1936 Nobel Peace Prize to be auctioned in MarylandBreaking News
tags: auctions, Nobel Peace Prize
NEW YORK — A 1936 Nobel Peace Prize discovered at a South American pawn shop is heading to the auction block.
The award will be only the second Nobel Peace Prize to come to auction and marked the first time an individual from Latin America had received the honor.
The New York-based Stack's Bowers Galleries is offering it for sale March 27 in Baltimore.
The 23-karat relic weighs 222.4 grams, which in today's market would make it worth $9,168 for the gold alone. As an object to collectors and world history, its value is much greater.
"I can't think of many public collections that have a Nobel Prize, never mind a Nobel Peace Prize medal," said Ute Wartenberg, executive director of the American Numismatic Society. "This is an incredible rarity."...
comments powered by Disqus
- What Robert E. Lee Wrote to The Times About Slavery in 1858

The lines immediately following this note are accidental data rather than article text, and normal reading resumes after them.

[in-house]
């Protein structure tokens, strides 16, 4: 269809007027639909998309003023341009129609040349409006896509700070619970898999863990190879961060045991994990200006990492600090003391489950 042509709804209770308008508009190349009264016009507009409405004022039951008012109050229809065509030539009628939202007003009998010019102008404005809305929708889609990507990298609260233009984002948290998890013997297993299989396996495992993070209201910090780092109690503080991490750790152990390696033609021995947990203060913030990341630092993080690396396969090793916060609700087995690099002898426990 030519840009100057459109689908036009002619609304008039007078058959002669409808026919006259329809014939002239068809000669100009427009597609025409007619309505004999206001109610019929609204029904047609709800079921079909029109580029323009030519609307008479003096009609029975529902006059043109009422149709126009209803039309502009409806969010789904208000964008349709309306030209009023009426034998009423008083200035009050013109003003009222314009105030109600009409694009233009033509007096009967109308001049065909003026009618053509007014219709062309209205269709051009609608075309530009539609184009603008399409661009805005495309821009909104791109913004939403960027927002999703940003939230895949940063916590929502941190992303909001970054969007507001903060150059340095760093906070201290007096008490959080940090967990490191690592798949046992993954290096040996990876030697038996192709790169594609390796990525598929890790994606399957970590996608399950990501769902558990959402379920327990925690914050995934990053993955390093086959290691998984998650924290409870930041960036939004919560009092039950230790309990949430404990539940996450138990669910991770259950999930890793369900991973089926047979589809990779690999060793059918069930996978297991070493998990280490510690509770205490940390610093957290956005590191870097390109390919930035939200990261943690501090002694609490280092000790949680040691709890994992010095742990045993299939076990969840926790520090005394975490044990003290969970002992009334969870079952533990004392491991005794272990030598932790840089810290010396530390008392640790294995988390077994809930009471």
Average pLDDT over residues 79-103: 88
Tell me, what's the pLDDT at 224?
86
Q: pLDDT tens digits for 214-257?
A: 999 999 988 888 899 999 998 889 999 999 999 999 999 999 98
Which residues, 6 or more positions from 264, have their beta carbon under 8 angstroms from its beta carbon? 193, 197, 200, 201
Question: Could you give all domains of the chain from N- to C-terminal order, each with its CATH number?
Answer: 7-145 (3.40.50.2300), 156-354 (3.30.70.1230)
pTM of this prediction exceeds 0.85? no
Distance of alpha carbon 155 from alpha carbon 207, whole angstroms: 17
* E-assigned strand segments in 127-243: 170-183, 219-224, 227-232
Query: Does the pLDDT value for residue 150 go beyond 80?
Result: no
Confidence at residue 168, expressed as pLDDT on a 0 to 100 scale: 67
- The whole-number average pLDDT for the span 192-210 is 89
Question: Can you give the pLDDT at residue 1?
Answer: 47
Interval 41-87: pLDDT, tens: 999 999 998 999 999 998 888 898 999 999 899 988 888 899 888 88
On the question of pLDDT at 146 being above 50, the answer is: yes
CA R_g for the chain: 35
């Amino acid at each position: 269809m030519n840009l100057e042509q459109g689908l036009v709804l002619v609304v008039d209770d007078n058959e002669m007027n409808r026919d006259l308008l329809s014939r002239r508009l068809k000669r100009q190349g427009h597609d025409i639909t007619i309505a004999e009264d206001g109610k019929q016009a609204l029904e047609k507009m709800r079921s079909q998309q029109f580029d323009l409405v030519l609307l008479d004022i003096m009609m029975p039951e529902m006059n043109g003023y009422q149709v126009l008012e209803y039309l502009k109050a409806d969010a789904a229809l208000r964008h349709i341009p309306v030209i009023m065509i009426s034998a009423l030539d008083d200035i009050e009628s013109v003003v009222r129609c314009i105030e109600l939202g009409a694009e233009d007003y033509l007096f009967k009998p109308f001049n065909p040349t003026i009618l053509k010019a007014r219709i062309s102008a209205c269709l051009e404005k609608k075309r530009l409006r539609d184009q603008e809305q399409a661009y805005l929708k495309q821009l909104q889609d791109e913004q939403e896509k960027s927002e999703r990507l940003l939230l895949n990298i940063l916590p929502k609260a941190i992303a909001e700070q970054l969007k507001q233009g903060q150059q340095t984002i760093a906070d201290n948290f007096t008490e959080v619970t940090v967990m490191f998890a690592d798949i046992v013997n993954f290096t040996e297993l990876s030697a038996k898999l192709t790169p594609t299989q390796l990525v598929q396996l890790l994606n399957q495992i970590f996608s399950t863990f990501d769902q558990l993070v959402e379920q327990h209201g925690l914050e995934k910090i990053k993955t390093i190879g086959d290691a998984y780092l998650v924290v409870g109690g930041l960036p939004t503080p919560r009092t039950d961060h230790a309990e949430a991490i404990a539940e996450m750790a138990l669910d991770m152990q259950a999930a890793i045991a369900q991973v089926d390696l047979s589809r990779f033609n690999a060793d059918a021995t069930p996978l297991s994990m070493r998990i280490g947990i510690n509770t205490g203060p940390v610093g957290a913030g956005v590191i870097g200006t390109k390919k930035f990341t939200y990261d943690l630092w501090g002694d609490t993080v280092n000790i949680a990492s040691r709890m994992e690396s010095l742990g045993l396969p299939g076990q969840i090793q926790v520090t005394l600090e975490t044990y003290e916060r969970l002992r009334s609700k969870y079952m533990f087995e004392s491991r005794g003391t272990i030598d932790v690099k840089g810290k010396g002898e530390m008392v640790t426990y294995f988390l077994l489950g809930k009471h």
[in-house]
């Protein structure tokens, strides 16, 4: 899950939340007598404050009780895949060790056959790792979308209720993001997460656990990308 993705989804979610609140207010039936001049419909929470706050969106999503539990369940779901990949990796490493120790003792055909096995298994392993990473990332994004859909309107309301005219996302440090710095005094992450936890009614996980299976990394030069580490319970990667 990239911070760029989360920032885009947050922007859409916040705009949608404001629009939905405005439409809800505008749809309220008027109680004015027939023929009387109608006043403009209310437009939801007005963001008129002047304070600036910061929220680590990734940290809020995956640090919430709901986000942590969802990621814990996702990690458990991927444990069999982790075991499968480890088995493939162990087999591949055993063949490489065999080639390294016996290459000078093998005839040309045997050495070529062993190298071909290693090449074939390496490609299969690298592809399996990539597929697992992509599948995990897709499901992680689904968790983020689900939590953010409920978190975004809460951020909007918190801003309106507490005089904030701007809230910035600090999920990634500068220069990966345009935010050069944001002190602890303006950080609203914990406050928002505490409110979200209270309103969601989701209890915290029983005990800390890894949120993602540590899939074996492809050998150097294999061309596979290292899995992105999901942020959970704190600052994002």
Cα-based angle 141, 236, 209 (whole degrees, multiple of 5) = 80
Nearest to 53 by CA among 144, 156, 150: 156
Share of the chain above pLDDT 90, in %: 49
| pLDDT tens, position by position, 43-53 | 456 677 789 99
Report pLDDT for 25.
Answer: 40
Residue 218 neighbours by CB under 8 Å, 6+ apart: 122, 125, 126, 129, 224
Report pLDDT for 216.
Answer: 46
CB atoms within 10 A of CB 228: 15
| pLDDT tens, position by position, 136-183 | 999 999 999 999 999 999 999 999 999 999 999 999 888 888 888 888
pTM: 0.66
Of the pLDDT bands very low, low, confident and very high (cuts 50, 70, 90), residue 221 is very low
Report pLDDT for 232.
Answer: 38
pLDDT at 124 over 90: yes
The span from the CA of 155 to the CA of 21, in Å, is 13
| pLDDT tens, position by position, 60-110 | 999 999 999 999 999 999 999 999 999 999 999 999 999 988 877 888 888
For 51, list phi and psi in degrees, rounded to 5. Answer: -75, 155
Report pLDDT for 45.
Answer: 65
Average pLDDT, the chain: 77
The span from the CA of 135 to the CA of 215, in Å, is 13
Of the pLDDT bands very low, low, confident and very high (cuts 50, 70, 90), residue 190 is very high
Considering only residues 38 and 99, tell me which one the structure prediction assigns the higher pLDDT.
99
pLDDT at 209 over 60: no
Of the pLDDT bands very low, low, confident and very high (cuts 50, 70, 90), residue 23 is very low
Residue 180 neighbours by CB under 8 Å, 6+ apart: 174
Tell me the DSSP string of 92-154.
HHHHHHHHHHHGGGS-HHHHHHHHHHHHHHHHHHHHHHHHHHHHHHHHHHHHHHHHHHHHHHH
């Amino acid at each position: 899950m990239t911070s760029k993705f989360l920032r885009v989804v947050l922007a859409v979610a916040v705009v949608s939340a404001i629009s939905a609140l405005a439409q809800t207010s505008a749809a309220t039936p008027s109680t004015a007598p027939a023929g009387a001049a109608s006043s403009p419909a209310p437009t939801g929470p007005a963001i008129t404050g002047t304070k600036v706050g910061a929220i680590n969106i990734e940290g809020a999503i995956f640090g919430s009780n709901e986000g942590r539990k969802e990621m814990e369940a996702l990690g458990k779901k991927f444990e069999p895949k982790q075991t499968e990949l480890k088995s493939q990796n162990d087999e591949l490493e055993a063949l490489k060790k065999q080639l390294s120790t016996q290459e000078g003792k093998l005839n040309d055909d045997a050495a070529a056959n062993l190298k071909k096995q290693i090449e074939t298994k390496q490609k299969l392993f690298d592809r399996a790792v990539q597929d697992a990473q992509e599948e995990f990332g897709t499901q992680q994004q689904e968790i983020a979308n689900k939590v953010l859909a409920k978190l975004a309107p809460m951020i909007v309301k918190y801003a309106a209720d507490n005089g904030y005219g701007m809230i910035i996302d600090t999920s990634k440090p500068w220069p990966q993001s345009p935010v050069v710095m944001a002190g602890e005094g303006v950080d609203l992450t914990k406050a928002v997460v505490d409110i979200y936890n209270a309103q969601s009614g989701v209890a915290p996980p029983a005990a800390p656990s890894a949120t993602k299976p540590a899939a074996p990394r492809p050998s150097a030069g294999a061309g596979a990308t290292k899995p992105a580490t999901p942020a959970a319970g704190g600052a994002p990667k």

- ICC orders Mali extremist to pay $3.2 million in reparations
- Political Rage Over Statues? Old News in the Old World
- Deadly U.S. Embassy Bombing in Kenya Was ‘Avoidable,’ According to Scorching New Memoir
- There are certain moments in US history when Confederate monuments go up
- Eric Foner says in an interview that it’s not necessary to remove Confederate statues
- Philip Zelikow says the government should crack down on armed groups of militants
- Conservatives complain that a "Pro-gay U.S. embassy features ‘art’ by anti-Trump professor”
- N. D. B. Connolly says Charlottesville showed that liberalism can’t defeat white supremacy
- Historian William I. Hitchcock schools policymakers: Ike never threatened to use nukes in North Korea